When fashion bloggers collaborate with luxury brands to promote their products, should those bloggers be responsible for bringing in sales?
In China, it hasn’t exactly been a condition before. The massive social media following that bloggers have is generally enough of an asset for brands in terms of finding and growing the right targeted customers. However, as business relationships between fashion bloggers and brands evolve, turning a blogger’s followers into consumers has increasingly become the undisputed aim of each partnership.
A number of Chinese influencers have been leading the way on this front, and “Buying Goddess” Becky Li, whose WeChat account, named “Becky’s Fantasy,” has over 1.6 million followers, is at the forefront.
In August, Becky Li collaborated with carmaker MINI to promote its limited edition Caribbean Aqua-colored car. Her fans snapped up all 100 editions in less than four minutes of the launch.
Jing Daily met with Becky Li during New York Fashion Week when she was in town to attend events with American beauty brand Bobbi Brown and fashion label Rebecca Minkoff.
During our conversation, Becky said she believed fashion bloggers are the bridge between brands and consumers. They offer a direct and vertical platform for brands to identify a targeted audience and leverage their influence to sell products.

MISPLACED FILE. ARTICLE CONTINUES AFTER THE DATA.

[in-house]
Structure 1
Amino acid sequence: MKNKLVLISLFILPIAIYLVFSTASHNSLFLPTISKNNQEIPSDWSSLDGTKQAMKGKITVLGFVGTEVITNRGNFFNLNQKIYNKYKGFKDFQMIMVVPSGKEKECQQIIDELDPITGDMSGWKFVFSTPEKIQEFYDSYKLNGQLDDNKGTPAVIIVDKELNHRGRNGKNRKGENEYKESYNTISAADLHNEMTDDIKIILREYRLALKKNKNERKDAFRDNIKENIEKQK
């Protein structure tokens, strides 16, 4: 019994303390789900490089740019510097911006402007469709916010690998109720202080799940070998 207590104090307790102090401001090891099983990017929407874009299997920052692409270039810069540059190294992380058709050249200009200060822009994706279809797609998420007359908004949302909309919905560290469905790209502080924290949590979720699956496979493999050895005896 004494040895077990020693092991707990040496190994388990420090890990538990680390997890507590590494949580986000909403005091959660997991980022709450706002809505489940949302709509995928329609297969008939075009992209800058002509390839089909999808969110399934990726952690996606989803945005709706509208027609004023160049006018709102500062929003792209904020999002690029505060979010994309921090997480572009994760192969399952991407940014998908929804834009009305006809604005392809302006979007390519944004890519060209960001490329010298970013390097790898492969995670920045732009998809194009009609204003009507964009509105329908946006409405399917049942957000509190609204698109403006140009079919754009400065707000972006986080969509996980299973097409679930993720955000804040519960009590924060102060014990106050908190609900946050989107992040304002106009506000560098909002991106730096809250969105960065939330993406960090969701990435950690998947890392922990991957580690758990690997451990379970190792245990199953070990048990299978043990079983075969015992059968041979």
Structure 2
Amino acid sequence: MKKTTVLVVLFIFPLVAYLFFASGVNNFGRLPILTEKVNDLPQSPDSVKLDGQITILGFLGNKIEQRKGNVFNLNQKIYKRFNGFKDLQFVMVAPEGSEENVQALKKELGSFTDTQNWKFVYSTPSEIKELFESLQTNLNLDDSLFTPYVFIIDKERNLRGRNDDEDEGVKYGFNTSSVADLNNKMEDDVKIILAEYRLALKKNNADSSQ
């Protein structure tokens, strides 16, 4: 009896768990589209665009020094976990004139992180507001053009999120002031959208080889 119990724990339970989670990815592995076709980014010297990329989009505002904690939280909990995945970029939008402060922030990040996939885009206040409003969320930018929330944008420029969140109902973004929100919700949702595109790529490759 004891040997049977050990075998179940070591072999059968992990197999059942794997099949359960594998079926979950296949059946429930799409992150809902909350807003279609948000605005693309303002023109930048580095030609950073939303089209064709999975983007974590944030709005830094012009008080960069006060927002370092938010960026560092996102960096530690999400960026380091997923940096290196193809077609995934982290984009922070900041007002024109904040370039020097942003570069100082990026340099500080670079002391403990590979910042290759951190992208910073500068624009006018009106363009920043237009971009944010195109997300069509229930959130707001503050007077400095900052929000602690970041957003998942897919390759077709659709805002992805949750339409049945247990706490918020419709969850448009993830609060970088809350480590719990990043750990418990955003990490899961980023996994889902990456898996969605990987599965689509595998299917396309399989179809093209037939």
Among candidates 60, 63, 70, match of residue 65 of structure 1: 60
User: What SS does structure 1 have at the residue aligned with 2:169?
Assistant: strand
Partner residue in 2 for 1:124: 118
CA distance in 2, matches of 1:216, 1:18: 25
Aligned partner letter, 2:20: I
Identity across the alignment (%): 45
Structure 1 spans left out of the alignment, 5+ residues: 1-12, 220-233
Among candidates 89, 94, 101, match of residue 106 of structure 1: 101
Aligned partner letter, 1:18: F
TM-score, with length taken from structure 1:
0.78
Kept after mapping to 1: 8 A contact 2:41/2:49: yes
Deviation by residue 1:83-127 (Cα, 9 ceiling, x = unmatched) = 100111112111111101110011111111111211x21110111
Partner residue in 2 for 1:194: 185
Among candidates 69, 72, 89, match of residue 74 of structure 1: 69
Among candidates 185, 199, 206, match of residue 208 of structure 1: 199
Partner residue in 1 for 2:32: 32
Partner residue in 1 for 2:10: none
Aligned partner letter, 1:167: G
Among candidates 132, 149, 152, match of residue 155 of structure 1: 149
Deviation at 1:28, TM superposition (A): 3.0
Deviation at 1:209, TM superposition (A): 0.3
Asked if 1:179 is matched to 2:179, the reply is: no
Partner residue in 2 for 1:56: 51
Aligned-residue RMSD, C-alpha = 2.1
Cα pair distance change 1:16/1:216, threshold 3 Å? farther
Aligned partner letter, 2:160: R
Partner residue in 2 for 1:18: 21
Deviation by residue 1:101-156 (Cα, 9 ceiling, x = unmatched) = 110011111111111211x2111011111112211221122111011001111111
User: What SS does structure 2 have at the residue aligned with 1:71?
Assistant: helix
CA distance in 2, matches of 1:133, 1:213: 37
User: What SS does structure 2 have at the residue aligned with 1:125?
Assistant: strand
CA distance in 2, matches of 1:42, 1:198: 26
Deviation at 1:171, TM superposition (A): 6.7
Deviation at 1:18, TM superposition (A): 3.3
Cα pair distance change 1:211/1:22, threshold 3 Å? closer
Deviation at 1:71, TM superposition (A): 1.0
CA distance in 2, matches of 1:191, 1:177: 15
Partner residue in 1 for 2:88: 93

In the following interview, she reveals her future plans as well as the truth behind her magical power to move product.
Why do Becky Li’s fans buy what she promotes?
Jing Daily: How important do you think sales are to fashion bloggers?
Becky Li: it is a quite important indicator for KOLs, or at least to me as that is how we became what we are today. It is good timing for brands and bloggers to work together as now brands can accurately calculate the arrival rate of ads they place with bloggers on social media. For example, when we promote products for brands, we will generate a special URL or coupon codes that link to the brands so that they can count how many customers come from our promotion.
Actually, we now have a lot of brands directly come to us who want to sell products on our platform as they have heard that we are good at selling. They view us as a channel but that also puts a lot of pressure on us.
Do you feel it is a sustainable business model? And what is your magic for selling?
I do customer service [for brands I promote] every day. I highly care about what my followers say about products I recommend. If they tell me that they purchase products I promote but find they were not worth buying, I will always ask for the reasons.
I pay particular attention to this type of feedback on WeChat. I feel even if it is even just one out of 100 people saying the product is not good, it is important to pay attention. I will forward this feedback to the brands.
This is a good interaction with both brands and my followers. Because of it, I have also developed a very close relationship with my readers. They truly trust me. Thus, they trust the products I recommend.